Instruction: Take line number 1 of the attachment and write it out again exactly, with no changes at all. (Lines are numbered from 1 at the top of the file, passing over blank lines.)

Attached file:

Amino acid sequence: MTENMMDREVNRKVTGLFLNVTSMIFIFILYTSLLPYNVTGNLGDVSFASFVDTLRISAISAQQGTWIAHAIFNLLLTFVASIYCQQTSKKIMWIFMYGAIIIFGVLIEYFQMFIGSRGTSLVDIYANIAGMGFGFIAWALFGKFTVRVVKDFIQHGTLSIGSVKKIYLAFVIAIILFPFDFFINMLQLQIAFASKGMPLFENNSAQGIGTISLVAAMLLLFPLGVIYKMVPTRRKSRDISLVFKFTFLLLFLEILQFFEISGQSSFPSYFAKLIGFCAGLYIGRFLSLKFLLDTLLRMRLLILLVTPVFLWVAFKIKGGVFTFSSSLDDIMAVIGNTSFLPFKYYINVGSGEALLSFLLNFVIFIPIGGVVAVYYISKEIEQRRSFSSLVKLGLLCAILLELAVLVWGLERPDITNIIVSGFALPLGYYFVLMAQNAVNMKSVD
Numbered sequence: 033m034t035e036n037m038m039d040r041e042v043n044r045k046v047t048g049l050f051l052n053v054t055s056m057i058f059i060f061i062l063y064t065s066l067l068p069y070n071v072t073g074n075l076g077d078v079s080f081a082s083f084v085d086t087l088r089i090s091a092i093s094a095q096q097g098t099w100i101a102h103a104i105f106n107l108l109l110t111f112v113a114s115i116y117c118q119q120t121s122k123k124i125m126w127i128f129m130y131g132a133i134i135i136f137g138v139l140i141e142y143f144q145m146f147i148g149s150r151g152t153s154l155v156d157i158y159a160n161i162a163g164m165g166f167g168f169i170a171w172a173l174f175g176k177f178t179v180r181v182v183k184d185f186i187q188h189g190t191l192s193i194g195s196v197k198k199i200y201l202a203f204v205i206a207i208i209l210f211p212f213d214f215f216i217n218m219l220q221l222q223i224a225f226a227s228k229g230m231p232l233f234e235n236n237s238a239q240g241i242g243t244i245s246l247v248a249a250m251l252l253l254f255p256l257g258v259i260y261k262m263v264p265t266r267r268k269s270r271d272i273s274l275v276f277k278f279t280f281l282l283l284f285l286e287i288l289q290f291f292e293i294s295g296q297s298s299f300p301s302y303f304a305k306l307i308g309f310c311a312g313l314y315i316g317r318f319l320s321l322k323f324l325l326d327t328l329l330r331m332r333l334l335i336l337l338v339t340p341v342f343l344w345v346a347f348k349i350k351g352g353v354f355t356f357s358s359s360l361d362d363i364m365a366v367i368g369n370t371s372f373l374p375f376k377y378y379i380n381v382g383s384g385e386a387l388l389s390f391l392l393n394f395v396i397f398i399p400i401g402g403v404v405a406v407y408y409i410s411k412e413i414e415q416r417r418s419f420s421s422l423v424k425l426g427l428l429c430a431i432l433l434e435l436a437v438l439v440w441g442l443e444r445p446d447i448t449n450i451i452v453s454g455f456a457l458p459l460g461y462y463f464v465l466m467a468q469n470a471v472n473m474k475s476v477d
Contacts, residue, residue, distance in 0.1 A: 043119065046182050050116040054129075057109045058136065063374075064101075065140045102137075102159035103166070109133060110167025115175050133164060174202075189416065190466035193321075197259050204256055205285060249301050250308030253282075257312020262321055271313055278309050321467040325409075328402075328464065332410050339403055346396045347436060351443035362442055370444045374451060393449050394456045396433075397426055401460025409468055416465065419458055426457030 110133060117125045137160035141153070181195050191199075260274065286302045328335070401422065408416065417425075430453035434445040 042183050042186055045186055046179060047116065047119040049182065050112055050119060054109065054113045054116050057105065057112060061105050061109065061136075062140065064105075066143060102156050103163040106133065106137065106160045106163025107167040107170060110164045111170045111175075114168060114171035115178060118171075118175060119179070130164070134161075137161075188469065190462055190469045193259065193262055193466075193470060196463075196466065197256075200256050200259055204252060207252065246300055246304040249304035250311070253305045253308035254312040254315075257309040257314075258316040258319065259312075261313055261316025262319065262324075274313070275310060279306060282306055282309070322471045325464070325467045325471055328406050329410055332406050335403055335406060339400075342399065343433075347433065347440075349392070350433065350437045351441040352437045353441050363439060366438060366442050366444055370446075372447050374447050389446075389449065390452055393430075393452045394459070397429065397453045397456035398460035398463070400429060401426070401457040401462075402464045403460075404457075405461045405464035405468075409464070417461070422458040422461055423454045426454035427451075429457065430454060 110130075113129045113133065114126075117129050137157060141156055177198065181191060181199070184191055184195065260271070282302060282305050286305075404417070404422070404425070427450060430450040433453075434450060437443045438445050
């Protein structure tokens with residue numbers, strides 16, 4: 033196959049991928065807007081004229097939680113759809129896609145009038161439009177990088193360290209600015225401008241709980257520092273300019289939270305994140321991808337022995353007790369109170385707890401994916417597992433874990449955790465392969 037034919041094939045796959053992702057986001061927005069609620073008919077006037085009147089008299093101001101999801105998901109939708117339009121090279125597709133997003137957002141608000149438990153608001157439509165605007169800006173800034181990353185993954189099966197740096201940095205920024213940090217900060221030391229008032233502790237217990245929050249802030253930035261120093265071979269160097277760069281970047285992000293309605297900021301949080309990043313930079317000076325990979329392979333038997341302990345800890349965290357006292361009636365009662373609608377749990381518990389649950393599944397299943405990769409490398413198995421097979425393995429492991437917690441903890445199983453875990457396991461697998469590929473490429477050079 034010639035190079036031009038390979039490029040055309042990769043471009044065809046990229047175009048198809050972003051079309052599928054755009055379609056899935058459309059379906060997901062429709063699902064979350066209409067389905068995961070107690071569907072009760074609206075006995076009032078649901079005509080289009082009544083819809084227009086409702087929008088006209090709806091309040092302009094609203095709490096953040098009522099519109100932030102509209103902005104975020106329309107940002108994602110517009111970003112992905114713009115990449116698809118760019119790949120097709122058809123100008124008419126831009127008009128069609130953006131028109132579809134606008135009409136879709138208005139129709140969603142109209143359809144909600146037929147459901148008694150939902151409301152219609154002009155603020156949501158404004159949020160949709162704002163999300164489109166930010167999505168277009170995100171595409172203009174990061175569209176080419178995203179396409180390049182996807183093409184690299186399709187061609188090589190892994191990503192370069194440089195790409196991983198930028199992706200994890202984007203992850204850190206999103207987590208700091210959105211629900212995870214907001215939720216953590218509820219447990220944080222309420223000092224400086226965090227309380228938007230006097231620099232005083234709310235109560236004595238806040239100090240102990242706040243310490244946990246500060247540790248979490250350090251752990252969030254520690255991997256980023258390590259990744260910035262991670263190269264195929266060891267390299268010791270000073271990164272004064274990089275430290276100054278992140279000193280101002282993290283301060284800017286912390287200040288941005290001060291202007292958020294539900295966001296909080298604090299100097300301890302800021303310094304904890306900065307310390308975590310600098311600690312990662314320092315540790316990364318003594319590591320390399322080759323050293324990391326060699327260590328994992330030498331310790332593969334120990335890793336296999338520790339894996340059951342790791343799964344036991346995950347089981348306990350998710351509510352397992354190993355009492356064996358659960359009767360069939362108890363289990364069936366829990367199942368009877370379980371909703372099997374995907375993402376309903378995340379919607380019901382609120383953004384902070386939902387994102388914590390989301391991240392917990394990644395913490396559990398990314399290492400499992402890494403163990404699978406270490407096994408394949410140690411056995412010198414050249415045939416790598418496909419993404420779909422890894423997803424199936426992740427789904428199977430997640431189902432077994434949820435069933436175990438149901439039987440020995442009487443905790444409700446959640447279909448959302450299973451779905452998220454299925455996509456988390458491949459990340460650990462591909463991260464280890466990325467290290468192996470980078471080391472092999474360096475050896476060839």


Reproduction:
Amino acid sequence: MTENMMDREVNRKVTGLFLNVTSMIFIFILYTSLLPYNVTGNLGDVSFASFVDTLRISAISAQQGTWIAHAIFNLLLTFVASIYCQQTSKKIMWIFMYGAIIIFGVLIEYFQMFIGSRGTSLVDIYANIAGMGFGFIAWALFGKFTVRVVKDFIQHGTLSIGSVKKIYLAFVIAIILFPFDFFINMLQLQIAFASKGMPLFENNSAQGIGTISLVAAMLLLFPLGVIYKMVPTRRKSRDISLVFKFTFLLLFLEILQFFEISGQSSFPSYFAKLIGFCAGLYIGRFLSLKFLLDTLLRMRLLILLVTPVFLWVAFKIKGGVFTFSSSLDDIMAVIGNTSFLPFKYYINVGSGEALLSFLLNFVIFIPIGGVVAVYYISKEIEQRRSFSSLVKLGLLCAILLELAVLVWGLERPDITNIIVSGFALPLGYYFVLMAQNAVNMKSVD